Unless you want to write raw sql, you're going to have to define a model. Since your model fields don't HAVE to be named the same thing as the column they represent, you can give your fields useful names.
useful_name = models.IntegerField(db_column="AP1|00:23:69:33:C1:4F")
db_table = "LegacyDbTableThatHurtsMyHead"
managed = False # syncdb does nothing
You may as well do this regardless. As soon as you require the use of another column in your legacy database table, just add
another_useful_name to your model, with the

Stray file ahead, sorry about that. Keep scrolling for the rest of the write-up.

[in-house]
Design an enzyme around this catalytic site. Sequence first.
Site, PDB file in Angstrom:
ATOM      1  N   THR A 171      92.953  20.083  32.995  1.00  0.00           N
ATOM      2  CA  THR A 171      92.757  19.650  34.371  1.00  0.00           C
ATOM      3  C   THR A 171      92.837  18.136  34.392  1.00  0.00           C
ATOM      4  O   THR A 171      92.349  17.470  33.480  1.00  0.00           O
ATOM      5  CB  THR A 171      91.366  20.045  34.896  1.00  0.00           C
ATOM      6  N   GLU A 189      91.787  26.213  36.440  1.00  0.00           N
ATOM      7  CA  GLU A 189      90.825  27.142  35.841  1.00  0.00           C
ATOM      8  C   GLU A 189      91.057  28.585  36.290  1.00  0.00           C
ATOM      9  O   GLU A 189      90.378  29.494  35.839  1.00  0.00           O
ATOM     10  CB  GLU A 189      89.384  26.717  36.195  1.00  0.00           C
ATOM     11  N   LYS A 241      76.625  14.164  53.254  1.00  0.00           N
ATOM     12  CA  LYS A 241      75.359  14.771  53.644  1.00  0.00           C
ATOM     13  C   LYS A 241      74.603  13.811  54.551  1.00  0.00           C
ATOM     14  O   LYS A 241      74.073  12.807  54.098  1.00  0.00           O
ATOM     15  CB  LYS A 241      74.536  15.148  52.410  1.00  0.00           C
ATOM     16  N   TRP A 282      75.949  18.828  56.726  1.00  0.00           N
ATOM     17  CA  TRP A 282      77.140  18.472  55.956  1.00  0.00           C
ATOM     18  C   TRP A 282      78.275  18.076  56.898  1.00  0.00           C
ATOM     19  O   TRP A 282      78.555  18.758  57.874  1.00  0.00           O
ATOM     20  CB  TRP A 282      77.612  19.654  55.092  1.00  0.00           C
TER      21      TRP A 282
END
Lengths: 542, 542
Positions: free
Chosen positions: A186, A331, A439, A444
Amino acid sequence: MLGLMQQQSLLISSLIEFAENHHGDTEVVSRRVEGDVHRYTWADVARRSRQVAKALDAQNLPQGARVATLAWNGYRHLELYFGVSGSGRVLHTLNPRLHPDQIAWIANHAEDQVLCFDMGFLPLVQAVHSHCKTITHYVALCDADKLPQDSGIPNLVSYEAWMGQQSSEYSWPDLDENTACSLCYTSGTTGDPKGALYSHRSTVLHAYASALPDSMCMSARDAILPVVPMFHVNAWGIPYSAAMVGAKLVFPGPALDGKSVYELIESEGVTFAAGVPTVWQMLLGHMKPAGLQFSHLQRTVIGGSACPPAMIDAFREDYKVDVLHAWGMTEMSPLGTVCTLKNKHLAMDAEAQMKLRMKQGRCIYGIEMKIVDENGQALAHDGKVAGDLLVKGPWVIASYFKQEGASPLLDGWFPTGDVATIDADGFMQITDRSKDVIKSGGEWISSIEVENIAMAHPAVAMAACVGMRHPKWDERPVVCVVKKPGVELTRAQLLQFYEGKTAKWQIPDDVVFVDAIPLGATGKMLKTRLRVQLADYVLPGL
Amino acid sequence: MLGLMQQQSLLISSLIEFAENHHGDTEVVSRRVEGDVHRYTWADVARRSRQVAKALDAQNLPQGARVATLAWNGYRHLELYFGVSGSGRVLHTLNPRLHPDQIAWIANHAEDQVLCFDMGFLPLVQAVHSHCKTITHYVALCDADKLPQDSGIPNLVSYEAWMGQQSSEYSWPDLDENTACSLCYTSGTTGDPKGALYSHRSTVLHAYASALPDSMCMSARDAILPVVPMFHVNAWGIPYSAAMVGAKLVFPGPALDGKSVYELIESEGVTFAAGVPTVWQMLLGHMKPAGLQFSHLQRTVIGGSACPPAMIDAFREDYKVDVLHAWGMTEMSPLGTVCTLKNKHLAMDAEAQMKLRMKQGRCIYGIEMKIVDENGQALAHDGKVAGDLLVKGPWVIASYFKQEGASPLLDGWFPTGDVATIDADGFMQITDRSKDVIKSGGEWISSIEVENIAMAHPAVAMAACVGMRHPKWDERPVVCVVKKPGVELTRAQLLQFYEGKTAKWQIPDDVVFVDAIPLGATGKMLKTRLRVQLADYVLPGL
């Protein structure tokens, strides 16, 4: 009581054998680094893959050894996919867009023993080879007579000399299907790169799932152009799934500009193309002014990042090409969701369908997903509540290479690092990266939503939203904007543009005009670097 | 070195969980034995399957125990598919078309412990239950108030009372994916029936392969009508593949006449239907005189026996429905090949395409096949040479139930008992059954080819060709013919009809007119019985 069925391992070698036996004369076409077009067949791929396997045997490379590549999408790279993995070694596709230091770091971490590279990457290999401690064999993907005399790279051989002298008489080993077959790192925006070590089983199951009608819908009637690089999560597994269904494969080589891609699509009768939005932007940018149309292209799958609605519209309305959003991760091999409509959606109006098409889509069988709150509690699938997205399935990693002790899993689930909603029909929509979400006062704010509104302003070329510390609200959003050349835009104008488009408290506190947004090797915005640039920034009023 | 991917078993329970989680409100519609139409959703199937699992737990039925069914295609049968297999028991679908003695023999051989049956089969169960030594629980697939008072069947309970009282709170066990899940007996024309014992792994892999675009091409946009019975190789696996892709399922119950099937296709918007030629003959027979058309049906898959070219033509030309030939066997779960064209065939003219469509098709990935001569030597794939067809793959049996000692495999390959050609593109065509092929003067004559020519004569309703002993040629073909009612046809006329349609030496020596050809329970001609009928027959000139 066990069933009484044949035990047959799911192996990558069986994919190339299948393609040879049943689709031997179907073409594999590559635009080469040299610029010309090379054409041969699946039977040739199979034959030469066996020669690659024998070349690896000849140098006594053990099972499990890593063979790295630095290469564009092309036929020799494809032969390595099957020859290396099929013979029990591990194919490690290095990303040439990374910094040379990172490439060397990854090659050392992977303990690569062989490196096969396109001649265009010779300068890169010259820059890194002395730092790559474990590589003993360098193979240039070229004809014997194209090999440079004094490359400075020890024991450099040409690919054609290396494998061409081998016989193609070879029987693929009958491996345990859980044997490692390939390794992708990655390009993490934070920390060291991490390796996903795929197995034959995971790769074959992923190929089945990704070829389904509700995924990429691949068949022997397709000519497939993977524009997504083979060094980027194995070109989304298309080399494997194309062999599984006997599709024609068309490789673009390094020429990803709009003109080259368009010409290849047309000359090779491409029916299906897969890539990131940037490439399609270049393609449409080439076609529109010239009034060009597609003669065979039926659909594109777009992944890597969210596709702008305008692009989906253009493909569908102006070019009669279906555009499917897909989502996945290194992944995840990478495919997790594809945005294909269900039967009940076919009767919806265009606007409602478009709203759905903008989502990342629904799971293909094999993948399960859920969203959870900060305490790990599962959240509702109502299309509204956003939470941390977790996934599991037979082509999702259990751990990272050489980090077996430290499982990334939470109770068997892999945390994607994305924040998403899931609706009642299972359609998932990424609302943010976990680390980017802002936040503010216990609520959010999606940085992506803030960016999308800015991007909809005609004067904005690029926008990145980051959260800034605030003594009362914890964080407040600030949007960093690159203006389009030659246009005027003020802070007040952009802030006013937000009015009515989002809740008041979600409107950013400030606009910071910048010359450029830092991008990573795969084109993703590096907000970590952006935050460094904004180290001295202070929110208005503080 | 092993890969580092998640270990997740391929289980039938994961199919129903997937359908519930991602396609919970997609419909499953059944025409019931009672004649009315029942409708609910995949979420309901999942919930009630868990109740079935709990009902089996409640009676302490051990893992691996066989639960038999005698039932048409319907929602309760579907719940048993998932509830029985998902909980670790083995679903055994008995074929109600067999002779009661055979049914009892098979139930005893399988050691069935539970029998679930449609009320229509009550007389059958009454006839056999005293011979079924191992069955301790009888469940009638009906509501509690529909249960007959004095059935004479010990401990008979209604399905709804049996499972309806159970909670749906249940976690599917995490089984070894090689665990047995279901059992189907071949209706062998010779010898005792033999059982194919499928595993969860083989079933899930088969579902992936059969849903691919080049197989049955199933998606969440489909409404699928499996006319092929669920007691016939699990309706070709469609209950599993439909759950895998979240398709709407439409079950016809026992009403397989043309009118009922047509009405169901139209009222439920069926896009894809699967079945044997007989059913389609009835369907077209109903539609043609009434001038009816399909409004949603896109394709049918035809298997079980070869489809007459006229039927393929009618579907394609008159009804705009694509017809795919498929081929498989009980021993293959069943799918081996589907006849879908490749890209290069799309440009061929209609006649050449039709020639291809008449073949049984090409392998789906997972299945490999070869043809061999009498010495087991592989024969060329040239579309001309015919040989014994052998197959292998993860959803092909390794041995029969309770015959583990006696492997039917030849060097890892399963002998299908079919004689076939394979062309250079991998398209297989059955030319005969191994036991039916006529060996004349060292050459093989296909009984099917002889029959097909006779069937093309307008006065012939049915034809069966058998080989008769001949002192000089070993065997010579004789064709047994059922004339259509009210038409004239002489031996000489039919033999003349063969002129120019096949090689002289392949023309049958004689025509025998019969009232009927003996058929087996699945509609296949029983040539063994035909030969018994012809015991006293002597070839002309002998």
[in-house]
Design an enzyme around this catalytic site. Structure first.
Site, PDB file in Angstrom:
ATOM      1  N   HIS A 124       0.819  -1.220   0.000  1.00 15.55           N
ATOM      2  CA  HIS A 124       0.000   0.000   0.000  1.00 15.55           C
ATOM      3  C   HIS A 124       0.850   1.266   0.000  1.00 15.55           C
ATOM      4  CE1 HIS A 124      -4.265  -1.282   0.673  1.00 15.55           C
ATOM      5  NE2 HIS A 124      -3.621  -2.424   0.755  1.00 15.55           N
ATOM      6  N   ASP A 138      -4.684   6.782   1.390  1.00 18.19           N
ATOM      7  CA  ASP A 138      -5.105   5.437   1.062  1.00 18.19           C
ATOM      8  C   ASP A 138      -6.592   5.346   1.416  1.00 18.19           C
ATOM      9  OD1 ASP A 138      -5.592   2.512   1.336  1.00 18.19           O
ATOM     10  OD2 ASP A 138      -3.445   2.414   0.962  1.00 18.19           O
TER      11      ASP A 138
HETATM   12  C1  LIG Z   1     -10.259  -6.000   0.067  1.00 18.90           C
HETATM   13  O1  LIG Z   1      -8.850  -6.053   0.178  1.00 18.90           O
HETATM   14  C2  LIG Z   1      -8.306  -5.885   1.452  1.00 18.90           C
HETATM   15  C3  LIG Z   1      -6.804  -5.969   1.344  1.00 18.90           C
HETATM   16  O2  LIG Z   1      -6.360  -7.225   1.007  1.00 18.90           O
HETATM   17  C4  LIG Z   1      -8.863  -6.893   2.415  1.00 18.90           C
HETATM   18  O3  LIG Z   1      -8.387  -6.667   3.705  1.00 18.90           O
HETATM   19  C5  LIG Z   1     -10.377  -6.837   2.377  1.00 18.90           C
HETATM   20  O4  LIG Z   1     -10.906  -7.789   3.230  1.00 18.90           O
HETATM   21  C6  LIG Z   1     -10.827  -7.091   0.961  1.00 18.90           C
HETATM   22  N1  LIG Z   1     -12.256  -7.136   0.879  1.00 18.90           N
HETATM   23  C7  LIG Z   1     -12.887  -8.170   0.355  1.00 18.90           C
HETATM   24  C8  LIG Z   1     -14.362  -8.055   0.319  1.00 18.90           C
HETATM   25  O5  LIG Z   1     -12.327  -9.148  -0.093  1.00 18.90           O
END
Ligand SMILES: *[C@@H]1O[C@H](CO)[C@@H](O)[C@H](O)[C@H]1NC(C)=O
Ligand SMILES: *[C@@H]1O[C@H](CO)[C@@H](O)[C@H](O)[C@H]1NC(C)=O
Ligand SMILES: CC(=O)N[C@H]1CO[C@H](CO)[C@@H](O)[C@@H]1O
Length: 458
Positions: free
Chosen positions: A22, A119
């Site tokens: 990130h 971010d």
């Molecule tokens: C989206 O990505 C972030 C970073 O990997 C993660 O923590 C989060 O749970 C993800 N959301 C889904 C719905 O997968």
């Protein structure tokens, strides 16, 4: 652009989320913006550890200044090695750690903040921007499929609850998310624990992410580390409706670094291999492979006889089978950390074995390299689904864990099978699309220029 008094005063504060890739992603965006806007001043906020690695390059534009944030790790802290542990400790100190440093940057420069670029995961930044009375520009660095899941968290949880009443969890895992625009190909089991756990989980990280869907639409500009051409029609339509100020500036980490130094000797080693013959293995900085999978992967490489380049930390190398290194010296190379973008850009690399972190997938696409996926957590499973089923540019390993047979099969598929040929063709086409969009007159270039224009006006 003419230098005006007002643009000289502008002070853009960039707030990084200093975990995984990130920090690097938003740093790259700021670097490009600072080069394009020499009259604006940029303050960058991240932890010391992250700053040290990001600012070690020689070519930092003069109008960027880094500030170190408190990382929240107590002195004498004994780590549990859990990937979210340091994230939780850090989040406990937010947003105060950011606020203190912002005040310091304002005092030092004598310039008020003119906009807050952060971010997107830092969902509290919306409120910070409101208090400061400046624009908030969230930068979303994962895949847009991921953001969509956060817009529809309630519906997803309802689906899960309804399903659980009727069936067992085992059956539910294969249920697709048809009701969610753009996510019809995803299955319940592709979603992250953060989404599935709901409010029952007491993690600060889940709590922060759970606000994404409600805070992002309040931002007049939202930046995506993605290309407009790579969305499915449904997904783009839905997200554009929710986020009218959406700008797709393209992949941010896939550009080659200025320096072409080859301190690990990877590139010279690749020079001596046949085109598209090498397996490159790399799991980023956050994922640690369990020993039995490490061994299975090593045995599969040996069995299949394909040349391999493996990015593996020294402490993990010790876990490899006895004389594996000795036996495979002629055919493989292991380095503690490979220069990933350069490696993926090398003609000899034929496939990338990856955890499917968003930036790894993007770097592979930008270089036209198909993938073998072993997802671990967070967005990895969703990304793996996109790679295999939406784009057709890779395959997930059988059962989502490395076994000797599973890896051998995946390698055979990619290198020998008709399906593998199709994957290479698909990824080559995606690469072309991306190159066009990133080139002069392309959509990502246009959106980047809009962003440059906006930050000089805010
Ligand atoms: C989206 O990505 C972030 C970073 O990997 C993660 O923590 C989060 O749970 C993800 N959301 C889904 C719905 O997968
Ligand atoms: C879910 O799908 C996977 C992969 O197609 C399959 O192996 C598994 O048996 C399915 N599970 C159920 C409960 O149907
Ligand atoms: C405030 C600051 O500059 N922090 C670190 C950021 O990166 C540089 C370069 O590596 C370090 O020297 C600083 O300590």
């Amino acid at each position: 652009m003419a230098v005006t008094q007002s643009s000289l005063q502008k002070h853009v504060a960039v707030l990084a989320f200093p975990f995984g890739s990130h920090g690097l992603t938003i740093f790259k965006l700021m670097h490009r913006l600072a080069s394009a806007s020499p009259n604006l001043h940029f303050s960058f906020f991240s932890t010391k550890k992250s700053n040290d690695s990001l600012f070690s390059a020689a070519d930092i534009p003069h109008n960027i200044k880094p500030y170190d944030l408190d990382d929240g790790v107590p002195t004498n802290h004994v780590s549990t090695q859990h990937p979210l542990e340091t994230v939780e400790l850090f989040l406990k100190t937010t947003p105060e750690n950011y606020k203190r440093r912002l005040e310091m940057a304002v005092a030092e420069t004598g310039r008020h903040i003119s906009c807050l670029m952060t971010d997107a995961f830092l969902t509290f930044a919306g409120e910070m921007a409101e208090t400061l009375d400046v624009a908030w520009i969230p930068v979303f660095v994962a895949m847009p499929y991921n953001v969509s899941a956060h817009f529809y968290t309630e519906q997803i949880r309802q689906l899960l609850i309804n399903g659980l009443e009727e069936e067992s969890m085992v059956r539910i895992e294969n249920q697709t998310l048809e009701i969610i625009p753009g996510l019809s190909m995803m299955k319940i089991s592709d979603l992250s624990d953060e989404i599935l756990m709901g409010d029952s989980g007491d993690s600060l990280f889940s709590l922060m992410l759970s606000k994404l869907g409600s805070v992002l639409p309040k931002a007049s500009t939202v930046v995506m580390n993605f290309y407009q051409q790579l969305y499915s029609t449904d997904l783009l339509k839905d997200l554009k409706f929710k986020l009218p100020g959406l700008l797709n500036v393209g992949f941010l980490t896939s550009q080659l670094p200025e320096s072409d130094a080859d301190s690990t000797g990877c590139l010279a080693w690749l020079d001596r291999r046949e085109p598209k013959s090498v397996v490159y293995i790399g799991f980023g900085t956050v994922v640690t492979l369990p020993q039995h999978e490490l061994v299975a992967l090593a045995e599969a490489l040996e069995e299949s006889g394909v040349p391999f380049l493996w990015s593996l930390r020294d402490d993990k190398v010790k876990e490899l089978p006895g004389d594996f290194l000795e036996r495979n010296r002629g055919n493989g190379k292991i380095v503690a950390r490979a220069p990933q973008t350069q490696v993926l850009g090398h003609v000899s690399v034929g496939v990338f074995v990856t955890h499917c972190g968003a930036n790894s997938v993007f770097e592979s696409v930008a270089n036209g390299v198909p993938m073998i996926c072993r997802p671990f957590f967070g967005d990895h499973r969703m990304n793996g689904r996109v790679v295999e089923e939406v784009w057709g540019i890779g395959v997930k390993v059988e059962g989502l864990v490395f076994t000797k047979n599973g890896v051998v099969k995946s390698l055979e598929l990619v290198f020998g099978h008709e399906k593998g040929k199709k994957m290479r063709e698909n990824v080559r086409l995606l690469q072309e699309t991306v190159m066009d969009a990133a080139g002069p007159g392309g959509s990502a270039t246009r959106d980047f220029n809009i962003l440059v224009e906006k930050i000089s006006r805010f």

db_column set to the column you're interested in.
This has two solid benefits. One, you no longer have to write raw sql. Two, you do not have to define all the fields up front.
The alternative is to define all your fields in raw sql anyway.
Legacy Databases describes a method for inspecting existing databases, and generating a models.py file from existing schemas. This may help you by doing all the heavy lifting (nulls, lengths, types, fields). Then you can modify the definition to suit your needs.
python manage.py inspectdb > legacy.py